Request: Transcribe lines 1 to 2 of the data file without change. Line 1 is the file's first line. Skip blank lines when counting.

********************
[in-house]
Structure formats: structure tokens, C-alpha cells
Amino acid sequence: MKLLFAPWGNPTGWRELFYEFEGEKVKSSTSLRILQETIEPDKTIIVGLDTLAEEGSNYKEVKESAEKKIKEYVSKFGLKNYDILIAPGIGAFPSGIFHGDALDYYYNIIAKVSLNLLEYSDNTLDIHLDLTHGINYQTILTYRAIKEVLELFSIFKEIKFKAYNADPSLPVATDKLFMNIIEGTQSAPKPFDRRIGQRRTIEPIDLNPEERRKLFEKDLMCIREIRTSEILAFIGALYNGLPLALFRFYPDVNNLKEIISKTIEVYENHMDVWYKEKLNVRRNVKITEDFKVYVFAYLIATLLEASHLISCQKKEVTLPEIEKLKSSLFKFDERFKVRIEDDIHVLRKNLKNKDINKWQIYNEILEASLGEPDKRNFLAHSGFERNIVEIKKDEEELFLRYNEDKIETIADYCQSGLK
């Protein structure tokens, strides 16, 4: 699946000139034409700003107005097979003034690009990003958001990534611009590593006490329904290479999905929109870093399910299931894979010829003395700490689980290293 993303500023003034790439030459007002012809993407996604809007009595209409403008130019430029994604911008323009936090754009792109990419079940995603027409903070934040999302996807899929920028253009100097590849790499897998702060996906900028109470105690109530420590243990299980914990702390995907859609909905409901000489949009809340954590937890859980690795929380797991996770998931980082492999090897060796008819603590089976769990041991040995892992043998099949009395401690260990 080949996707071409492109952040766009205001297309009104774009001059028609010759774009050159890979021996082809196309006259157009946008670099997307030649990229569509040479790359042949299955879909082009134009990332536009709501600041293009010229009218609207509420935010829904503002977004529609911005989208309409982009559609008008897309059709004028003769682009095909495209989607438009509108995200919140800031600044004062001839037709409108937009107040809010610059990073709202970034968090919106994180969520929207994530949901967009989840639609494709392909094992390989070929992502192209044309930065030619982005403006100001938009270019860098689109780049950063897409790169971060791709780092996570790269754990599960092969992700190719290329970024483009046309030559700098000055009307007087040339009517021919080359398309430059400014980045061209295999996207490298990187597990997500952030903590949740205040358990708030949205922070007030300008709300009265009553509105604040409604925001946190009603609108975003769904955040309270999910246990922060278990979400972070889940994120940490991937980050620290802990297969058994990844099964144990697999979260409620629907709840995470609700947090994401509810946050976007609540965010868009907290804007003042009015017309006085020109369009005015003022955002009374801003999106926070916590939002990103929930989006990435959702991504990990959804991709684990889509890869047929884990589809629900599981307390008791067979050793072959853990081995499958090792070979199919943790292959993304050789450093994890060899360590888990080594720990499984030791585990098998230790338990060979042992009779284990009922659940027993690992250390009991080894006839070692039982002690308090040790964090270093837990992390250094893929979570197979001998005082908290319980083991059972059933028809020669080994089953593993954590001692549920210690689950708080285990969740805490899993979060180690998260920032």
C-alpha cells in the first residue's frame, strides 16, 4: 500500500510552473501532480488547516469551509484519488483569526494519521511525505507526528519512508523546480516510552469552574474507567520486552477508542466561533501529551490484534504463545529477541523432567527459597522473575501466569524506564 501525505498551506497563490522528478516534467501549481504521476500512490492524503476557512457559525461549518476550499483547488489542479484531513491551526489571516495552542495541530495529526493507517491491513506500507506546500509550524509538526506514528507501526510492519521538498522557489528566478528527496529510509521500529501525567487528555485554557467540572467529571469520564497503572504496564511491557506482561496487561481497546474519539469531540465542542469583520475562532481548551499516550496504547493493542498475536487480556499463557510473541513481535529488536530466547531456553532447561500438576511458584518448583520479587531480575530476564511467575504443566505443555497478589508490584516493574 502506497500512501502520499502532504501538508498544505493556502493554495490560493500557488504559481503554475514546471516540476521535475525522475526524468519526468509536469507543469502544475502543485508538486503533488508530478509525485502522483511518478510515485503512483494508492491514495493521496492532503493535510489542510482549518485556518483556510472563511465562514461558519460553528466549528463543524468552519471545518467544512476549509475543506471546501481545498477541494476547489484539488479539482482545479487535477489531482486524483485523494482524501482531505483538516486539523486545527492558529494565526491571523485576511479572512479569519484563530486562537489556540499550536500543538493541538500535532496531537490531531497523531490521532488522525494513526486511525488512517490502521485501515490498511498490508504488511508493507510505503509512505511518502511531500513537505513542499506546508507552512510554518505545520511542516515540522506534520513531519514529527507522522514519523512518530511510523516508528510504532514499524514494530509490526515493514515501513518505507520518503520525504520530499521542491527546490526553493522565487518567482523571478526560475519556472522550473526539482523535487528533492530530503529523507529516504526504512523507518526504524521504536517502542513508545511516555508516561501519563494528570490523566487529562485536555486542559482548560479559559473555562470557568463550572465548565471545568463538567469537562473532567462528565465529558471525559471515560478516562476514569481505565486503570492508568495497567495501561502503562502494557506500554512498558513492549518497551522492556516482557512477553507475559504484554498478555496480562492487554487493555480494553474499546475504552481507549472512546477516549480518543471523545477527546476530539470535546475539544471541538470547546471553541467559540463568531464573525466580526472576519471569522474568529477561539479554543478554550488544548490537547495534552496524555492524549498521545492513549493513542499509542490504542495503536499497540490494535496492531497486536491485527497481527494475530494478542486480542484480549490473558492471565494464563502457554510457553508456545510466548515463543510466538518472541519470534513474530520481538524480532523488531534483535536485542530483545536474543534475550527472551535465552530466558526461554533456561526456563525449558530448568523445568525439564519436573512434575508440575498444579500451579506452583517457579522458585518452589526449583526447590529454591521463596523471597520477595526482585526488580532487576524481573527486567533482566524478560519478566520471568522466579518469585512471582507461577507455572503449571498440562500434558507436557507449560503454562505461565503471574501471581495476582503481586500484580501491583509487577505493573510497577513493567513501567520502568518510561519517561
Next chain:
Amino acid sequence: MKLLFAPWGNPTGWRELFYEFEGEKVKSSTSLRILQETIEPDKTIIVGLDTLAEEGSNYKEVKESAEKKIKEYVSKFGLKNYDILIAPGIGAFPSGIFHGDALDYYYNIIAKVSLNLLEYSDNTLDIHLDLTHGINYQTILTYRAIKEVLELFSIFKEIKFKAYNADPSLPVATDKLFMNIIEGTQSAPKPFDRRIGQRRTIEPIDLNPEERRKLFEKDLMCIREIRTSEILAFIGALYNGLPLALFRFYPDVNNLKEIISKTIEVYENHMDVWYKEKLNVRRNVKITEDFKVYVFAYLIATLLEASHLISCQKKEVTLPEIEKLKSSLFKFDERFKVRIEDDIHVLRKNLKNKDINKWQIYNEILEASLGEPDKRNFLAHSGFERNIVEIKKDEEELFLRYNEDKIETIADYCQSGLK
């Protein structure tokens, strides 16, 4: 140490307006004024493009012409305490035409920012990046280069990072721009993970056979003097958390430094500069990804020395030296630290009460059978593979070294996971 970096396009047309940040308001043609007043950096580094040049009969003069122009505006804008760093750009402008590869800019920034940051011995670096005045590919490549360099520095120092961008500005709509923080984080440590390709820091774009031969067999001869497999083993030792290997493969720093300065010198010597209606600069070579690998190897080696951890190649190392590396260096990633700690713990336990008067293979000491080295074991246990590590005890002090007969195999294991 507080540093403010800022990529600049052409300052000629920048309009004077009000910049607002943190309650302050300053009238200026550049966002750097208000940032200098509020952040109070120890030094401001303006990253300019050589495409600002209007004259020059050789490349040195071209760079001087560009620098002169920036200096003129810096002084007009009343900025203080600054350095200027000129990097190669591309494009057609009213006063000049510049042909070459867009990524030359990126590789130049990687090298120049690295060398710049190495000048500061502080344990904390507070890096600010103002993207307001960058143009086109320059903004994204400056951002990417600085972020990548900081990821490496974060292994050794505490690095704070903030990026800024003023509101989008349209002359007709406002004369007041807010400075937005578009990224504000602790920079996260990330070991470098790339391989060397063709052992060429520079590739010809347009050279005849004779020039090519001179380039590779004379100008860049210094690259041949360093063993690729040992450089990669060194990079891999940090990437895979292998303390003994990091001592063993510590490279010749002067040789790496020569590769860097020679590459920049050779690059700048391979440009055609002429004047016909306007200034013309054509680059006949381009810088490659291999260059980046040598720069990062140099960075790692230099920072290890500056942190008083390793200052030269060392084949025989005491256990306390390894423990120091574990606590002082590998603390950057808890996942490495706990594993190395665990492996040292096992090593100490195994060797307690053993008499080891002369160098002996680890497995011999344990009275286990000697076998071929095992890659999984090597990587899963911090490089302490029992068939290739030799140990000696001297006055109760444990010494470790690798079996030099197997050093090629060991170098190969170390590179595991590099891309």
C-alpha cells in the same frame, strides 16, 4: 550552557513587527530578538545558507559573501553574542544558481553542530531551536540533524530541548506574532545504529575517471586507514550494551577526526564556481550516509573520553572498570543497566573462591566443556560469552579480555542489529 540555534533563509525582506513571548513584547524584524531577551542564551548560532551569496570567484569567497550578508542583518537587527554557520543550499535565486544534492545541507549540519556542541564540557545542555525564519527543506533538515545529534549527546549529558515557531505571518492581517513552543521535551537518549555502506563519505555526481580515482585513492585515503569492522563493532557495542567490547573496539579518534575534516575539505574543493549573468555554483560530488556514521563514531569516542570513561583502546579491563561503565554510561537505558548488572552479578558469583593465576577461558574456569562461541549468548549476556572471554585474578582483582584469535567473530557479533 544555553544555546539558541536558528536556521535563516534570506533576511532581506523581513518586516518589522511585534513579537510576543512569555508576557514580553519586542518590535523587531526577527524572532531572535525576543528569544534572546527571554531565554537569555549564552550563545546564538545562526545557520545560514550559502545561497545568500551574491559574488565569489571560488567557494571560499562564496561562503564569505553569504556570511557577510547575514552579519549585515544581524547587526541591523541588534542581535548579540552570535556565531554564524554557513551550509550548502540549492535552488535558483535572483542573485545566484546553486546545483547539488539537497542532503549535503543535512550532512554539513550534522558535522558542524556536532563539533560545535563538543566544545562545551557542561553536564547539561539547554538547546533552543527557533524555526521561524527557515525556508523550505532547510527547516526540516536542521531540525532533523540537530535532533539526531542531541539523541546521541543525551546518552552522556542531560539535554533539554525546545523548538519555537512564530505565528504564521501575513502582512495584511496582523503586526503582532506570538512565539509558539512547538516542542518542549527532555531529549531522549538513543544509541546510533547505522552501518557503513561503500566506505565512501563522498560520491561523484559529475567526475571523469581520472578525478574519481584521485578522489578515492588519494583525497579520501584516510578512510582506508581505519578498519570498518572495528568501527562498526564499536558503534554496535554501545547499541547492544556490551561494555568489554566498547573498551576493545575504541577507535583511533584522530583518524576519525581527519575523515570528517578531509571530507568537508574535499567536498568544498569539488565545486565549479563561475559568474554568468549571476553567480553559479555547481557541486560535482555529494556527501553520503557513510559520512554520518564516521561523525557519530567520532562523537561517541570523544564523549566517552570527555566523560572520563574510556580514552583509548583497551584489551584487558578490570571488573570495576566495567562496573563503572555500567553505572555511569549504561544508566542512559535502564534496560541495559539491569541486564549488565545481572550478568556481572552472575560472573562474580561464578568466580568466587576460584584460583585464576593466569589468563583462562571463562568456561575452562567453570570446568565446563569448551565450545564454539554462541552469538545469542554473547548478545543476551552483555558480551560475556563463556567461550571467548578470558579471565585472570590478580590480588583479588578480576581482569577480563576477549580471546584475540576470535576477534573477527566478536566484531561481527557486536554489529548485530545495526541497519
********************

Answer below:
[in-house]
Structure formats: structure tokens, C-alpha cells